Yes, we have broad engagement across the campus. We're hosting featured speaker events (most recent was Dr. Michael Crow, President of ASU, who was phenomenal), workshops, roundtable discussions, town halls, and of course Georgia Tech is one of the sponsors of this design challenge. We're looking for lots of GT stakeholders to get involved and stay involved as we continue to advertise what we're doing.
Thanks, Kate -- lots of great questions here! Let me see if I can unwrap a couple of them. At Georgia Tech, we've actually had great success with some professors "flipping the MOOC." They are using their MOOCs as the outside-class companion to in-class problem solving in a flipped classroom. Their students go to Coursera or edX and sign in to their MOOCs, watch videos, work on practice problems, etc. Then when they come to class, they work in pairs or small groups on hands-on problems. Similarly, in our Online Masters of Science in Computer Science, we've found that a number of students are creating Meetup groups with people in their areas so that they can have a face-to-face chance to discuss the work at hand. (And there are also discussion forums and tons of teaching assistants so that they can collaborate and get help online.) So, while the MOOC format allows us to reach broader audiences, we're still working toward the face-to-face collaborative component.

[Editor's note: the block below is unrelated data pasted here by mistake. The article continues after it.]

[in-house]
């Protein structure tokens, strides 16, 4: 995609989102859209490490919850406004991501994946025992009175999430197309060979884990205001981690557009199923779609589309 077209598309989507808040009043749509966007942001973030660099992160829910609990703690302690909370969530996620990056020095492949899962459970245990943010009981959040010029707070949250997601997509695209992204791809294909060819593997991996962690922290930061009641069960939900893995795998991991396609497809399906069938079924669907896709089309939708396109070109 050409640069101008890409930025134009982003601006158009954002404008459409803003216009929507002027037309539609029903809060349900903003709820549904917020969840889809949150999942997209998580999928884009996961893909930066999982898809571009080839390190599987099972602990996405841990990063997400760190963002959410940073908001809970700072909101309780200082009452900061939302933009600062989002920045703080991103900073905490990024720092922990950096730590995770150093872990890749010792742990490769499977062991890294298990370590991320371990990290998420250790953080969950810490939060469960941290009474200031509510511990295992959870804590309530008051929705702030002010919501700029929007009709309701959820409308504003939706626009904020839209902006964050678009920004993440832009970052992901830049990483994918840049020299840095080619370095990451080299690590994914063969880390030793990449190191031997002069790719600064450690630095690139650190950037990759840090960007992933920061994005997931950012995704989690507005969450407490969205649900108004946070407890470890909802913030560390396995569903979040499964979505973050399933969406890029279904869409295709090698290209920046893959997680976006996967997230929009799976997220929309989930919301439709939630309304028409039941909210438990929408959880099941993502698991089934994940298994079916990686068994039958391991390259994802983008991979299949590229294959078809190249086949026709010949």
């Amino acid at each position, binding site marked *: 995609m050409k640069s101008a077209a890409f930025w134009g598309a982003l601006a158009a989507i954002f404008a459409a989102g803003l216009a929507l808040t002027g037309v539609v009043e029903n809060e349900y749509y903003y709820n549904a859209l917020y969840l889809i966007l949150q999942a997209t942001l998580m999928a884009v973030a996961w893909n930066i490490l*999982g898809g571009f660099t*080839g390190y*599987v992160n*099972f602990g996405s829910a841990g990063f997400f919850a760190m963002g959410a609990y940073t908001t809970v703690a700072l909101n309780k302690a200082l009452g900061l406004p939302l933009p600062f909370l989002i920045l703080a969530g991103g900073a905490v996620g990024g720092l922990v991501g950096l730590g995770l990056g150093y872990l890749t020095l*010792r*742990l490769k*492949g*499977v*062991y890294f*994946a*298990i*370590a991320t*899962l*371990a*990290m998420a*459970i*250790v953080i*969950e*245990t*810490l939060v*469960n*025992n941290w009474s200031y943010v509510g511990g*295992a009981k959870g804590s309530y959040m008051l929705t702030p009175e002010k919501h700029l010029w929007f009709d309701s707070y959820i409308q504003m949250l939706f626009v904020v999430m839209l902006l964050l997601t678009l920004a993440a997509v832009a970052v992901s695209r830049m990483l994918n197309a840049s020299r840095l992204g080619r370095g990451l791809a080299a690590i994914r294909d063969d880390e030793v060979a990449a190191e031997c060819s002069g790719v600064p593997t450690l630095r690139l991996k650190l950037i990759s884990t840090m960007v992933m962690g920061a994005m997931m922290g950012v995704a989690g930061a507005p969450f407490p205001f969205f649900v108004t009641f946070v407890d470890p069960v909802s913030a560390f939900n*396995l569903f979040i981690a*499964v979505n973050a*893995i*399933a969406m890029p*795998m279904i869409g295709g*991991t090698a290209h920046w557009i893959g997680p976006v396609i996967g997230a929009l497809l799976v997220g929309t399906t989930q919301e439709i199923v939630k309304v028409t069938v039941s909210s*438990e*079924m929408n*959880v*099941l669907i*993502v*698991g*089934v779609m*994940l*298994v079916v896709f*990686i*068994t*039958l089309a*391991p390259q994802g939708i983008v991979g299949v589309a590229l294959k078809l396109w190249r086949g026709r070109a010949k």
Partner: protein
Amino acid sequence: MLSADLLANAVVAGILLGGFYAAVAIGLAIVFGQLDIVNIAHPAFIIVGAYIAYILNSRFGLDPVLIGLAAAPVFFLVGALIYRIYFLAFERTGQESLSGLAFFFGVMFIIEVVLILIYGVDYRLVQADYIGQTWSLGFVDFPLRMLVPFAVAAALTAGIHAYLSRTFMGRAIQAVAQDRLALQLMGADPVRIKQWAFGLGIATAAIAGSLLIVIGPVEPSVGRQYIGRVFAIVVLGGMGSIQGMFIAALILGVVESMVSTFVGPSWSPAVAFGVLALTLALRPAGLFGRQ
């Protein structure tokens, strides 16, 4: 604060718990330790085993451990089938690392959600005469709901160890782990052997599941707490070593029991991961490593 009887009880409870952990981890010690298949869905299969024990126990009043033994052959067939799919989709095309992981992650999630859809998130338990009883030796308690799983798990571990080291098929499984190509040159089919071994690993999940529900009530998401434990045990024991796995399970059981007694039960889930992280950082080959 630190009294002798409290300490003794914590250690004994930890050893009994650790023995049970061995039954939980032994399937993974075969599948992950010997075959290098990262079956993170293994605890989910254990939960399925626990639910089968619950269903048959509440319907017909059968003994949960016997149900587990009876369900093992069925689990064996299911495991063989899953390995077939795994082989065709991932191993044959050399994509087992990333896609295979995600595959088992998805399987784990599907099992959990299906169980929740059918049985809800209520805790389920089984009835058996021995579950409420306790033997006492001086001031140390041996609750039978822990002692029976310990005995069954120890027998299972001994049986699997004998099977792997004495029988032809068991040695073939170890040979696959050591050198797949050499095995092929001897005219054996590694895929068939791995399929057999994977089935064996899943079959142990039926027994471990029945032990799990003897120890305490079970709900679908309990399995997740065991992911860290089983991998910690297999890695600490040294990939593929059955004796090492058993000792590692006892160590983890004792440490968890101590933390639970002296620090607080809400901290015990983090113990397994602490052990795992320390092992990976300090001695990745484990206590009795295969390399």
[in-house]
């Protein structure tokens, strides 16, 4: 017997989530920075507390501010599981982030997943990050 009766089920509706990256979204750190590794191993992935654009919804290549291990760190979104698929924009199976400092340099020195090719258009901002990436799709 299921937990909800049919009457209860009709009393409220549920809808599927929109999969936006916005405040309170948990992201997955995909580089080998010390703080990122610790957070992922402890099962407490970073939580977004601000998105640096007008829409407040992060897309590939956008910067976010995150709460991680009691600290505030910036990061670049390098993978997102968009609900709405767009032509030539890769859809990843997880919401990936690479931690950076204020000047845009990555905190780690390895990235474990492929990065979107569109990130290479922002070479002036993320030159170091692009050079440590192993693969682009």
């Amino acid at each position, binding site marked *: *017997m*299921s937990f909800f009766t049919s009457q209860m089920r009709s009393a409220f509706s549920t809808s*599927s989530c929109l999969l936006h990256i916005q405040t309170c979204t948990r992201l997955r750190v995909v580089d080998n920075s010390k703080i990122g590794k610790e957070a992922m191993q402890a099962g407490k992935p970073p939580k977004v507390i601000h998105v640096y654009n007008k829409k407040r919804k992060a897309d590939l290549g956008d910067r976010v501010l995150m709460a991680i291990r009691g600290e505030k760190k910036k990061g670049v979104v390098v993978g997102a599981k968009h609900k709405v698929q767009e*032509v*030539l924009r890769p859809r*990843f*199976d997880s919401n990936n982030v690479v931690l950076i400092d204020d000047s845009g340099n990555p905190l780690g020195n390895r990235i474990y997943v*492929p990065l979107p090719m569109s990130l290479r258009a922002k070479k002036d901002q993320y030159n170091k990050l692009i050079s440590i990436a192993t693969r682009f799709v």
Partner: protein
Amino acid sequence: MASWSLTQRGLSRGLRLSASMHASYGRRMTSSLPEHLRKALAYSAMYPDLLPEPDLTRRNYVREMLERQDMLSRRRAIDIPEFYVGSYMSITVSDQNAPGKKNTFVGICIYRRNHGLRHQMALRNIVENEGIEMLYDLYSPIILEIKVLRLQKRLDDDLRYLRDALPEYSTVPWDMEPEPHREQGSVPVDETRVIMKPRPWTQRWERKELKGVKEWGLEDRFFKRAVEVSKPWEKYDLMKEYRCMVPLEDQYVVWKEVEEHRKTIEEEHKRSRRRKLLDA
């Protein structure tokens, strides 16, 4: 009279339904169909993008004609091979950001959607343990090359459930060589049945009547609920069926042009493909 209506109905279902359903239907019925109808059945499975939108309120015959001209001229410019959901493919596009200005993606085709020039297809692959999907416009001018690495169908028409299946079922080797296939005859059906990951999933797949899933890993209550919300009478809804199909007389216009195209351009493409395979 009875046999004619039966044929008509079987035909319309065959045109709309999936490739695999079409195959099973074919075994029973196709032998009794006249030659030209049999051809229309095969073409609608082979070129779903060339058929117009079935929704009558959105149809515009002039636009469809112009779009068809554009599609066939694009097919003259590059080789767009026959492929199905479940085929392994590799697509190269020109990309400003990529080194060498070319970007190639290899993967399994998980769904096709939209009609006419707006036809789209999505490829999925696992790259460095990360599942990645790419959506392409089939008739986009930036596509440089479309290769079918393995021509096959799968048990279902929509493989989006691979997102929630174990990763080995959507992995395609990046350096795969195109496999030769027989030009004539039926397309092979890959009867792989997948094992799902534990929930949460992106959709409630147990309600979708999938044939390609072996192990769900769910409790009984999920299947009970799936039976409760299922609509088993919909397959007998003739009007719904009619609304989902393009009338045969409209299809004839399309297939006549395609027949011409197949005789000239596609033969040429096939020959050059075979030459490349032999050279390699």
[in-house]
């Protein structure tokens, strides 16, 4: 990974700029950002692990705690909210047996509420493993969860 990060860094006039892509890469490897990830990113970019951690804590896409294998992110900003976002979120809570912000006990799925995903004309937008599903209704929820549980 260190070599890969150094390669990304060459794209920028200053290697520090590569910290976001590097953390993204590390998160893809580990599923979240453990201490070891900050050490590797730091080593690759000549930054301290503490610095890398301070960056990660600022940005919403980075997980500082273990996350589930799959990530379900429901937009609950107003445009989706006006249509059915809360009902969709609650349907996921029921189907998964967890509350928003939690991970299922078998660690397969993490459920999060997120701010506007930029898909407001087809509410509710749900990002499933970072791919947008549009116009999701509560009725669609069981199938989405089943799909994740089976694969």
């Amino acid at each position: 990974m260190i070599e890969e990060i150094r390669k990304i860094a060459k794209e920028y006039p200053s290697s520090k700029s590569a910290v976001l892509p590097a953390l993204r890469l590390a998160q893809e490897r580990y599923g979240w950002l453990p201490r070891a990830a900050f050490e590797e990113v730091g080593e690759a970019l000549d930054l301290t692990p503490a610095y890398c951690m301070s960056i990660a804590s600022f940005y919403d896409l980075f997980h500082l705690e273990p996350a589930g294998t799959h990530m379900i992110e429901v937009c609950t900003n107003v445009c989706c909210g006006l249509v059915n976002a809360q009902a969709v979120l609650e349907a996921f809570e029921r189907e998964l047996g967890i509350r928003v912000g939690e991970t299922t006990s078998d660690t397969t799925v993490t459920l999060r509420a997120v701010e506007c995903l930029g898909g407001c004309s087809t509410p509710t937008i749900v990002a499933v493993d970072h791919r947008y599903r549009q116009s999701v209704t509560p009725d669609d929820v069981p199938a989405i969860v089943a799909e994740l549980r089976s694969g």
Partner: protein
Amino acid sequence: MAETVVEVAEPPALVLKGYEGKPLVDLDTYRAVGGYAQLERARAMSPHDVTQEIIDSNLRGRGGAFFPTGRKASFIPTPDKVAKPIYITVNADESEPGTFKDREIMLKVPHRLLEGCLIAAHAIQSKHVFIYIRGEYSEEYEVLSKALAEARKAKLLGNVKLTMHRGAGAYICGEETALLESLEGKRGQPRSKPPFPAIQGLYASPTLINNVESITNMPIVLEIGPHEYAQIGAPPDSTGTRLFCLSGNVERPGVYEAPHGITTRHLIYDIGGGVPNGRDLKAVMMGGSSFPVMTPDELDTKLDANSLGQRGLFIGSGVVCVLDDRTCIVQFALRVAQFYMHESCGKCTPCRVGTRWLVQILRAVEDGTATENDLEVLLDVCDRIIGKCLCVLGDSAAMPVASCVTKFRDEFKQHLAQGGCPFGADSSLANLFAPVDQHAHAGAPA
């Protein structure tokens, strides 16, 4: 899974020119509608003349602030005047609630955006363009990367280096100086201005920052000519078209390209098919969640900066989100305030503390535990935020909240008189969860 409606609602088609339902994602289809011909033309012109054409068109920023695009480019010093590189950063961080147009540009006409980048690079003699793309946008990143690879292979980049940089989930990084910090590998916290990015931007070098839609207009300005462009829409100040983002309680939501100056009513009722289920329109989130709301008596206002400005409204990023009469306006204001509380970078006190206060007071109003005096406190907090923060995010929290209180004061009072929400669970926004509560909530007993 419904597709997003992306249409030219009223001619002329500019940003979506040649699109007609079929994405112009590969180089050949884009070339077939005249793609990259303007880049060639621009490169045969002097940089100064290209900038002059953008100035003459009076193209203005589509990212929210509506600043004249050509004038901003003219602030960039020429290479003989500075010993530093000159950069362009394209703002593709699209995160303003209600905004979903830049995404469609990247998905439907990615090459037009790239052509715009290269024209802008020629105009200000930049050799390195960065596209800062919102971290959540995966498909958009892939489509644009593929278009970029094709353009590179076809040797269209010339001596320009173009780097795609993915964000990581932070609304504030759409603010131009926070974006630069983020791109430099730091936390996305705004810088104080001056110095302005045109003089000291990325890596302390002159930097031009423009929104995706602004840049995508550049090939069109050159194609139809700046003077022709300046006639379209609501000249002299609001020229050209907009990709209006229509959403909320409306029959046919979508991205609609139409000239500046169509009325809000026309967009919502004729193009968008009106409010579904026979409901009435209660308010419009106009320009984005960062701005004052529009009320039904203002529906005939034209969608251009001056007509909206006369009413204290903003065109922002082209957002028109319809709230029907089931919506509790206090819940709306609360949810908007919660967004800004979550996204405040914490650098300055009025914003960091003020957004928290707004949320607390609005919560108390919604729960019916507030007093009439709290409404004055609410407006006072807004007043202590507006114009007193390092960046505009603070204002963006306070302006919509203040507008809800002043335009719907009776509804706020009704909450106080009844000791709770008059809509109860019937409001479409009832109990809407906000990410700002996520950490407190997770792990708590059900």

While I can't speak for all at my institution, my hope is that similar methods can be used to address the problem of availability of AP courses. In Georgia, we have a lot of small rural communities with smaller high schools where there simply aren't enough students to form a whole AP course given the cost of running one. But suppose the content could be delivered online! Students from, say, three different counties, 50 miles apart, are all in the same online environment, and then they meet up once a month or so with a teacher or other instructor who can address questions, give them hands-on experience, and create that safe learning space that you describe. I think there's a lot of potential there!
Hi, Bettina! Good questions. The Commission was formed early in 2016 by the Provost at his invitation. Faculty, staff and students make up the majority of the group. There are some alumni involved as well. We also have representation from employers and industry in the form of an external advisory board.